Napoleon as Preserver of the Revolution
George Rudé
SOURCE:   Norman F. Cantor.  Perspectives on the European Past, vol. II. Reprinted by permission of Macmillan (New York, 1971),  pp. 59-60.

In recent years historians have become more reluctant to categorize Napoleon under any one label.  Instead, they tend to interpret more judiciously his words and deeds, taking care to note that both were inconsistent and even contradictory at various times. This tendency among historians is exemplified in the following selection by the well-known British social historian George Rude.  Rude has emphasized looking at history from the bottom up.

          Napoleon himself believed that his work was a kind of crowning of the Revolution, and he was remarkably honest about his friendship with Robespierre's brother. He defended Robespierre from the charge of being bloodthirsty; he respected him as a man of probity.  Napoleon would never have imagined that his own career could have flourished as it did without the surgery performed on French society by the Revolution. He was born in
Corsica of poor, proud, petty-noble parents, and before the Revolution he could not possibly have risen above the rank of captain in the French army. Also, he had read Rousseau and sympathized with much of the Jacobin philosophy.  
          Napoleon had two different aspects. He believed in the overthrow of the old aristocracy of privilege; on the other hand, he believed in strong government—and he learned both of these beliefs from the Revolution. He was both an authoritarian and an egalitarian. Yet, admittedly little of this seems to fit the man who created a new aristocracy, who prided himself on being the son-in-law of Francis of Austria, referred to his late "brother" 
Louis XVI, and aspired to found a new imperial dynasty.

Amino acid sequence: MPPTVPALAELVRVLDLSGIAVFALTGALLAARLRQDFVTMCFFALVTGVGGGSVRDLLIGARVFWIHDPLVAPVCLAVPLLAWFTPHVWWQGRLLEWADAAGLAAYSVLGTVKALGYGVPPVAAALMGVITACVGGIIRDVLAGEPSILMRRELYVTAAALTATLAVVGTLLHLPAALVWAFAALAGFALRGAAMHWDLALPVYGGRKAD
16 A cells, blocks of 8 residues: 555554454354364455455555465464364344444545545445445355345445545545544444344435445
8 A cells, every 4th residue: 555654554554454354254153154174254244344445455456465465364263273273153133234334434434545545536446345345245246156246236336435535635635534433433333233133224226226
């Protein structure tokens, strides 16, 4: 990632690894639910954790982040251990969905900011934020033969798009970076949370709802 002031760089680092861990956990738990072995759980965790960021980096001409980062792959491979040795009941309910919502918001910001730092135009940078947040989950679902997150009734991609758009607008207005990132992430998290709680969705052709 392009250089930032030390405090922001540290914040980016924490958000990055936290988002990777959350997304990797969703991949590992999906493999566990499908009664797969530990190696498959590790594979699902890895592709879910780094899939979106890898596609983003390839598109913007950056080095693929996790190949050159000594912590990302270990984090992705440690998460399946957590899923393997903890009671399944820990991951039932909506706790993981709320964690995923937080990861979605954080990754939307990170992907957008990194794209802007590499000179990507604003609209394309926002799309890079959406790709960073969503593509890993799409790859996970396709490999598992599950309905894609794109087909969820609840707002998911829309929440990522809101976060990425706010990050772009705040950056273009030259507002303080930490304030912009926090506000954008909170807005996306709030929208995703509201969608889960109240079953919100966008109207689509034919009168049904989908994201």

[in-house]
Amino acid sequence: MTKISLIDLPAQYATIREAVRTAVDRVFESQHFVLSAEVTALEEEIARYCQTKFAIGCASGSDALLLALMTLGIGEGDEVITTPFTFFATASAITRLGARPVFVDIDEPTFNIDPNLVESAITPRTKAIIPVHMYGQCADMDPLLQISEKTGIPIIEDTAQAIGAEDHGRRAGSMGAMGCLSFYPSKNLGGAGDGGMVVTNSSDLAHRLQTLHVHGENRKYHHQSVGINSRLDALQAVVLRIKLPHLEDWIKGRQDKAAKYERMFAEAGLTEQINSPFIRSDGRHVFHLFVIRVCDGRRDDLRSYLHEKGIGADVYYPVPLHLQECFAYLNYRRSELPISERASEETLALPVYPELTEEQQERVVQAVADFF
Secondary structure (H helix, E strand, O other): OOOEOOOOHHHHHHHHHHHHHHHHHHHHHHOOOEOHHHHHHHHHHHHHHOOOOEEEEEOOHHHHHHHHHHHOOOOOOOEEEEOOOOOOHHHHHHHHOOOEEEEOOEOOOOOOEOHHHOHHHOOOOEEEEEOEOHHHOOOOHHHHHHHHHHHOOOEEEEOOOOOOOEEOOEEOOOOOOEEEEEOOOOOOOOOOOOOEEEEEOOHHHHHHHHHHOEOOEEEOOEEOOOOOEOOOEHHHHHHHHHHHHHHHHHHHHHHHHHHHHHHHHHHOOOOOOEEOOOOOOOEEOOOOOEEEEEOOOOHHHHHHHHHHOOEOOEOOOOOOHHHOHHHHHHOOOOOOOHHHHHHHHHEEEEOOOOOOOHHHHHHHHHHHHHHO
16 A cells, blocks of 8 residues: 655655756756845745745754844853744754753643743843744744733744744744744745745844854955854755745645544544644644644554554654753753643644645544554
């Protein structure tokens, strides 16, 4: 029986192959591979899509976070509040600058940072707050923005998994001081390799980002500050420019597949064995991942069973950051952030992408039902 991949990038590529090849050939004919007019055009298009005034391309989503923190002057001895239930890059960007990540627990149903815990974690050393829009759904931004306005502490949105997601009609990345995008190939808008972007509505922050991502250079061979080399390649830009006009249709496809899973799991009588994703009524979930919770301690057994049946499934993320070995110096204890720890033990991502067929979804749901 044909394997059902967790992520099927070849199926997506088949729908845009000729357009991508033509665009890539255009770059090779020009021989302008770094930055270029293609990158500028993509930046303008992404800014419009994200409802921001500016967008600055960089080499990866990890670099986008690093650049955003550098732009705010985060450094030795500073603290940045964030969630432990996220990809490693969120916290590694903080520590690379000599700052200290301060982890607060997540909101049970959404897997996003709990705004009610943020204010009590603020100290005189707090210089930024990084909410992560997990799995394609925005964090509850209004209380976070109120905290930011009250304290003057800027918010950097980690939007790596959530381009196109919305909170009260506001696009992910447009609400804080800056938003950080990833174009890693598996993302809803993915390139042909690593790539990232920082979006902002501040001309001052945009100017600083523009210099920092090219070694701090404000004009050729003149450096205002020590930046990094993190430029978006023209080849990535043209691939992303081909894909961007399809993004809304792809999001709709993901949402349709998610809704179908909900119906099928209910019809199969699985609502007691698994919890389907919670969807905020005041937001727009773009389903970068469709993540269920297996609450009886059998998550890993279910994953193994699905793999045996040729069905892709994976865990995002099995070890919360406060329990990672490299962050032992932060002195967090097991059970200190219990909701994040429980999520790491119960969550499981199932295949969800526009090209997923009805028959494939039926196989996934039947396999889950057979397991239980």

However, if we judge Napoleon on what he actually did and not only on those things that are usually remembered (despotism and foreign conquest), we must concede that his armies "liberalized" the constitutions of many European countries. They overthrew the aristocratic system in Italy and Germany, and even, to some extent, in Poland and Spain. A great many European liberals rallied to Napoleon's banners, particularly where French administration was at its best (as under Napoleon's brother Jerome in Westphalia). Napoleon's armies did bring many of the ideals of the Revolution to Europe:  the basic ideas of the overthrow of aristocratic privilege, of a constitution, of the Code Napol
éon (which was a codification of the laws of the French Revolution). In this sense Napoleon was a revolutionary. He turned his back on revolution to the extent that he was authoritarian and contemptuous of "the little man," but certain important accomplishments of the Revolution—peasant ownership of land free from feudal obligations, expropriation of the possessions of the Church and of the émigré nobility—were retained and even extended beyond Frances borders. Napoleon was indeed a military despot, but he did not destroy the work of the Revolution; in a sense, in a wider European context, he rounded off its work.

  1. What argument did Rudé make that Napoleon was a "Preserver of the Revolution"?
  2. How would Louis Bergeron react to Rudé's interpretation of Napoleon?